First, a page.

After overseeing UNCG's academic area since 1995, Ed Uprichard is retiring as UNCG's provost and vice chancellor for academic affairs. And he says he's lucky to have enjoyed a productive run at a great university.
Even though his last day is June 30, Uprichard won't disappear. After retooling for a year, he will return as professor in the Department of Curriculum and Instruction in the School of Education. He'll be dividing his time between campus and the home that he and his wife, Carolyn, have at Travelers Rest, S.C.
Last week, he was interviewed on his 12 years as UNCG's chief academic officer.
What have you enjoyed most at UNCG and what will you miss the most?
These are easy questions to answer. It's the people who make up the UNCG community, their civility, their work ethic, their commitment to making UNCG vibrant, caring and learning-centered. It's a place or community that you can be proud and honored to be part of.
What accomplishment do you feel best about for your years as provost?
If I had to choose one accomplishment it would be achieving status as a research university with high research activity, according to the Carnegie Foundation's guidelines. This accomplishment reflects increases in doctoral programs offered, external funding, research infrastructure and strategic faculty hires. Becoming a research university was a major goal I set with the faculty and deans when I was initially appointed as provost.
What is the biggest challenge you faced?
When I became provost, the university was experiencing enrollment difficulties and the admission standards for freshmen were not what they should have been. … At my first Deans Council retreat as provost, we decided we had to raise admission standards for freshmen in increments over a five-year period. We also decided to recruit a professional to be associate provost for enrollment services, knowing that the university had to significantly increase its enrollment.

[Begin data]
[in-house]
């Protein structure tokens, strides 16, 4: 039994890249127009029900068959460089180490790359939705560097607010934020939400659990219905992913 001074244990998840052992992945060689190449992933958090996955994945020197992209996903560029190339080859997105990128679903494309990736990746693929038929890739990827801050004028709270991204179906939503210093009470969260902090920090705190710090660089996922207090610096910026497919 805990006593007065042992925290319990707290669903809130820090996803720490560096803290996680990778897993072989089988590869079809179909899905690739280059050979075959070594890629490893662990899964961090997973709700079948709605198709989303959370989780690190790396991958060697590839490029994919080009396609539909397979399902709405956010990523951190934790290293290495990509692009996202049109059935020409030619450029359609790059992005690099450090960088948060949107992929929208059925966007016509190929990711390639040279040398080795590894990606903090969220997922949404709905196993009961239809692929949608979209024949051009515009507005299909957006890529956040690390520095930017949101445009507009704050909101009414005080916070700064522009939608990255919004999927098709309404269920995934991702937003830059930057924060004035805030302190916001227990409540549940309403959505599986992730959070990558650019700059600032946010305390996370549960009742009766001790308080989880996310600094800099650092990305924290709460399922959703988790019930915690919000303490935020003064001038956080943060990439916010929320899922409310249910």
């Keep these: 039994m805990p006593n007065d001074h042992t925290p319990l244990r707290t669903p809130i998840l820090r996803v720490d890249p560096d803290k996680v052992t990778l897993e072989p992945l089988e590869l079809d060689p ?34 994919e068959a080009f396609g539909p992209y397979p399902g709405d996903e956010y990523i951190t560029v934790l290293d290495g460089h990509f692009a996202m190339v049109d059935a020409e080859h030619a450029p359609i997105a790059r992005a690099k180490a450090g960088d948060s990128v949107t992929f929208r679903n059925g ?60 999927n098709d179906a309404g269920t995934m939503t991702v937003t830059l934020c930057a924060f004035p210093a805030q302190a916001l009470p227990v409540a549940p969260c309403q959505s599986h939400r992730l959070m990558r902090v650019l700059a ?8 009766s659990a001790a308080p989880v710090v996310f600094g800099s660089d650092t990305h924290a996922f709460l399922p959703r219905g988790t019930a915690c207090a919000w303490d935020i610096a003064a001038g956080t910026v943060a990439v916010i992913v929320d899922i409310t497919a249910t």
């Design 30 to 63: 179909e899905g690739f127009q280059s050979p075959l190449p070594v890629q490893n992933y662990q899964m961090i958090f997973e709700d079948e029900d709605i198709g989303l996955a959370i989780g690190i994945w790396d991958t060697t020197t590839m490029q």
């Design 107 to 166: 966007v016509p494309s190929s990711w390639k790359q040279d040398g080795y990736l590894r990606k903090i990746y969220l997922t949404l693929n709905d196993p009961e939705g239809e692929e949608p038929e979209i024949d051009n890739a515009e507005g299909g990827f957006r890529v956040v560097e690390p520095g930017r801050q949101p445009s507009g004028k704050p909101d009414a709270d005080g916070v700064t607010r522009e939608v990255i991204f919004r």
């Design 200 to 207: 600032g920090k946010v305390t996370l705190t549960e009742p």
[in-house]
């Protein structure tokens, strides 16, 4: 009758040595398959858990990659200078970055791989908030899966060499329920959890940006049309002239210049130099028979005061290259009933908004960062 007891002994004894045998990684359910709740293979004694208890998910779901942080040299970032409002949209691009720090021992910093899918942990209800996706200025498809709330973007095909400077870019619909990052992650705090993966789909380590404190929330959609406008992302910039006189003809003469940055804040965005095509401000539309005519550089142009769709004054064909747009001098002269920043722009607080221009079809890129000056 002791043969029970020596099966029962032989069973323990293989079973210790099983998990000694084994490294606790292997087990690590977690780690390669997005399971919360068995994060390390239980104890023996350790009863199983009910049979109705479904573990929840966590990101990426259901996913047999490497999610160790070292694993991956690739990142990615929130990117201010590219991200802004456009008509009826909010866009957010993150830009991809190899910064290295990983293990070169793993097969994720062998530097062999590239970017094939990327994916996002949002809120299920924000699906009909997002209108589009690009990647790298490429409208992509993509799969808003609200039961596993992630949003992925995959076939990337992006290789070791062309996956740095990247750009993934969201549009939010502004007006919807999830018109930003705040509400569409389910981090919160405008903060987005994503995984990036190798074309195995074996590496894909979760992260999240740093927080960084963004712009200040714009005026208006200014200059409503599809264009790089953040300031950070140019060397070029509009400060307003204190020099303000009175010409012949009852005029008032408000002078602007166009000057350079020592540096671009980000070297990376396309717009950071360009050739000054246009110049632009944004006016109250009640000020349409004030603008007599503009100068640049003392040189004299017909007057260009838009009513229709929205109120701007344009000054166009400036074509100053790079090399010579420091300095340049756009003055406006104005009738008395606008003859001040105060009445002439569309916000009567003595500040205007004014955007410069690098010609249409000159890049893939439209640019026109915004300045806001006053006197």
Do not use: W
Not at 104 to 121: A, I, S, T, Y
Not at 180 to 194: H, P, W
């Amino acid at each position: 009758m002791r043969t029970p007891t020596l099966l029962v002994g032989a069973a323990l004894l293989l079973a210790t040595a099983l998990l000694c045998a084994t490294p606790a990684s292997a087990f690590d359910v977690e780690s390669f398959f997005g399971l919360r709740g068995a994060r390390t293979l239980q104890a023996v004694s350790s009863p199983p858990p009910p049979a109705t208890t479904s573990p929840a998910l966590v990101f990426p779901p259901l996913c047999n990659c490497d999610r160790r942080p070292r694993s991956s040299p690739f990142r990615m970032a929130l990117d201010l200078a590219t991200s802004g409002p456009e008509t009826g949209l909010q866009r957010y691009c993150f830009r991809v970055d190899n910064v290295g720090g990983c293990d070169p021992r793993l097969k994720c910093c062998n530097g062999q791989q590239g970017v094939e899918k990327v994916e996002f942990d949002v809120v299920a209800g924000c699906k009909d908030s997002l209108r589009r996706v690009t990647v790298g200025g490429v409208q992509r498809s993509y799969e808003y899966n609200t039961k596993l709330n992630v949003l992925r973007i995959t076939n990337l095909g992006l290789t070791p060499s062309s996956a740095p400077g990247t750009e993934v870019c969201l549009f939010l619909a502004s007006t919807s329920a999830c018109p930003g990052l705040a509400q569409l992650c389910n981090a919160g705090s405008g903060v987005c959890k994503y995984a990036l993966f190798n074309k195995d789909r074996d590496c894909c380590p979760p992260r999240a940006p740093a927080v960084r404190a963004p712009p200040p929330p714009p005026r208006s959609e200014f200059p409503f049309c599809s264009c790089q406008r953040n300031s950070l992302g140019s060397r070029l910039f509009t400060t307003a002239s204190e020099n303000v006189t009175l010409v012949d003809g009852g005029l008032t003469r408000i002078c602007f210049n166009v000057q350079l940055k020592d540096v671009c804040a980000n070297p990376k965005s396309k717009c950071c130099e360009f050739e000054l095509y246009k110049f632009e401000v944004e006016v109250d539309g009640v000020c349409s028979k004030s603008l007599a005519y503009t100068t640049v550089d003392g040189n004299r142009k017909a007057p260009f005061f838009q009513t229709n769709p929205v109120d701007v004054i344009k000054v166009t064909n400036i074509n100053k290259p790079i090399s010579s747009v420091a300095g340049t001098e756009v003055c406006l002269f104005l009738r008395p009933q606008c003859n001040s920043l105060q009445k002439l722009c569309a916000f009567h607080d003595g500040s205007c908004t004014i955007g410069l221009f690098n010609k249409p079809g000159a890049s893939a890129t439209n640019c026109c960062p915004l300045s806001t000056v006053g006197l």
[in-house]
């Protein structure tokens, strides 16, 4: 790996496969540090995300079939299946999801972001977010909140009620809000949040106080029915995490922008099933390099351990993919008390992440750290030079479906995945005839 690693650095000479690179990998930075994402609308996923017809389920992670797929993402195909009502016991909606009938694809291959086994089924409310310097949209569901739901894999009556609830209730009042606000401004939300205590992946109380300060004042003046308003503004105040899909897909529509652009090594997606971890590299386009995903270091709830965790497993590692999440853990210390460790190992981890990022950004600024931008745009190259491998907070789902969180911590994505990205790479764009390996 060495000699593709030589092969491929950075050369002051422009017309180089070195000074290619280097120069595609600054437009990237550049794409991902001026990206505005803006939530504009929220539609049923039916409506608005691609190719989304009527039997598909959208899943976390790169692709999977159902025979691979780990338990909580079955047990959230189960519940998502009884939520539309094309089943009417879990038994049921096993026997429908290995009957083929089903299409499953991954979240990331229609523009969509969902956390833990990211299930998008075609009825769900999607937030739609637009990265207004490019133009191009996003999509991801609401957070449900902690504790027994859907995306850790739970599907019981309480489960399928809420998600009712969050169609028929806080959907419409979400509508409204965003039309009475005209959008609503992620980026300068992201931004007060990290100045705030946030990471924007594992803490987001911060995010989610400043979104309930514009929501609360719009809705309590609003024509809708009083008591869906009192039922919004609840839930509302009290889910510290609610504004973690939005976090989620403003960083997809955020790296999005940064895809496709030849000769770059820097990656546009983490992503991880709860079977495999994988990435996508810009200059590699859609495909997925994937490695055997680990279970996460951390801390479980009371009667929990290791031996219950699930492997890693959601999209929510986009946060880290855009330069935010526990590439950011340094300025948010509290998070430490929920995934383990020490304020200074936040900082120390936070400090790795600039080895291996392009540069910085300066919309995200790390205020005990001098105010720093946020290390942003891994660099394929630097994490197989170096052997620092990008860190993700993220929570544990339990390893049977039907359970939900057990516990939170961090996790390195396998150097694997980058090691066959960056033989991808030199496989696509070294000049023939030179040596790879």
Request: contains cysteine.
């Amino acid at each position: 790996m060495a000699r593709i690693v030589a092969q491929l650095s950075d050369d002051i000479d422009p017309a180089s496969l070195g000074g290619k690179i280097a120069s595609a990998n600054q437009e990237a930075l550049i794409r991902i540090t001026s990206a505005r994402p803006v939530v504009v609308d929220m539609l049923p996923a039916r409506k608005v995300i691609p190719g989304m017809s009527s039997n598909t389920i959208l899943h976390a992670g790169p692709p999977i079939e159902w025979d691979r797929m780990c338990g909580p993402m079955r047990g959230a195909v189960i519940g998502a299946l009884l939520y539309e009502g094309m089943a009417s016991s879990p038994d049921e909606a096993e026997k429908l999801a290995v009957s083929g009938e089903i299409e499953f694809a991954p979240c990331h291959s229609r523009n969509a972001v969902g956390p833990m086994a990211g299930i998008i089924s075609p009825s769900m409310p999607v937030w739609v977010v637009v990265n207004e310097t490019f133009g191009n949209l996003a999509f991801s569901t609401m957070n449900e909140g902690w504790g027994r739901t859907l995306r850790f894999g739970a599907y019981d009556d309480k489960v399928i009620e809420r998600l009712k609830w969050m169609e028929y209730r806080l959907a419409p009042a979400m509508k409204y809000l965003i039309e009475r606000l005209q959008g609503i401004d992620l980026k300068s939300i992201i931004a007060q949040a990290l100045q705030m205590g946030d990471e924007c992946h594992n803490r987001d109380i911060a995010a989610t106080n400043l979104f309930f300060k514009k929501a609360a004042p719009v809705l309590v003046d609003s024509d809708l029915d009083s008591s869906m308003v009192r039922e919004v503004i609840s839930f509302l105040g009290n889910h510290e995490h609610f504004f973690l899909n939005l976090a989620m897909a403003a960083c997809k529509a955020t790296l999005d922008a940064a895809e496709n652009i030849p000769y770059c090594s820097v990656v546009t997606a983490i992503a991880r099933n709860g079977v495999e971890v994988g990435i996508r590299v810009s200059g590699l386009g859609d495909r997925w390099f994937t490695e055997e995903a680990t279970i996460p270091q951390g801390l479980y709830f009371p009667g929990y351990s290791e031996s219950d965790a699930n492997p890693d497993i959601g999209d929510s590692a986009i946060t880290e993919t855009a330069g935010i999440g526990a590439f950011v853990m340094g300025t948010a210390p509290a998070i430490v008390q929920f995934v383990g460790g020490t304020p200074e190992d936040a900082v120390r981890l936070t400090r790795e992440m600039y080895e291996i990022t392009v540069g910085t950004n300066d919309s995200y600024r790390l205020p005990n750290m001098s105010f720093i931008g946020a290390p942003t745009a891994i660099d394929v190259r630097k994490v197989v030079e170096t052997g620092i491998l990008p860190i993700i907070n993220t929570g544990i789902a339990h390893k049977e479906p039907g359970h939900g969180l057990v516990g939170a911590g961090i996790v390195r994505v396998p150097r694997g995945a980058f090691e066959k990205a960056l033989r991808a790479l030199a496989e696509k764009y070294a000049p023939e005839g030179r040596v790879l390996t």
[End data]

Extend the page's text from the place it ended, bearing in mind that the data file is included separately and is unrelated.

These were bold steps given our finances, but everyone knew that the university could not continue on its current path and become the university we envisioned. All those decisions proved to be the right ones. Through the efforts of many people, the university has been on an upward trajectory. Quality has been the underlying theme of our work.
What is UNCG's biggest challenge for the future?
UNCG and the UNC System are facing an enrollment crisis. By 2017 UNCG is projected to have an enrollment of 24,160 and the UNC System 280,000-plus. Our current enrollment this past fall was 16,650 and the UNC System approximately 202,000. You can do the math. The challenge will be to maintain quality in all we do in the face of tremendous growth. We will also need to increase facilities for teaching and research, and housing for faculty, students and staff. By 2017 our faculty and staff could increase between 300 and 400 from today's count. Let me say, though, that I would rather have this challenge than the enrollment problems we faced in 1995-96!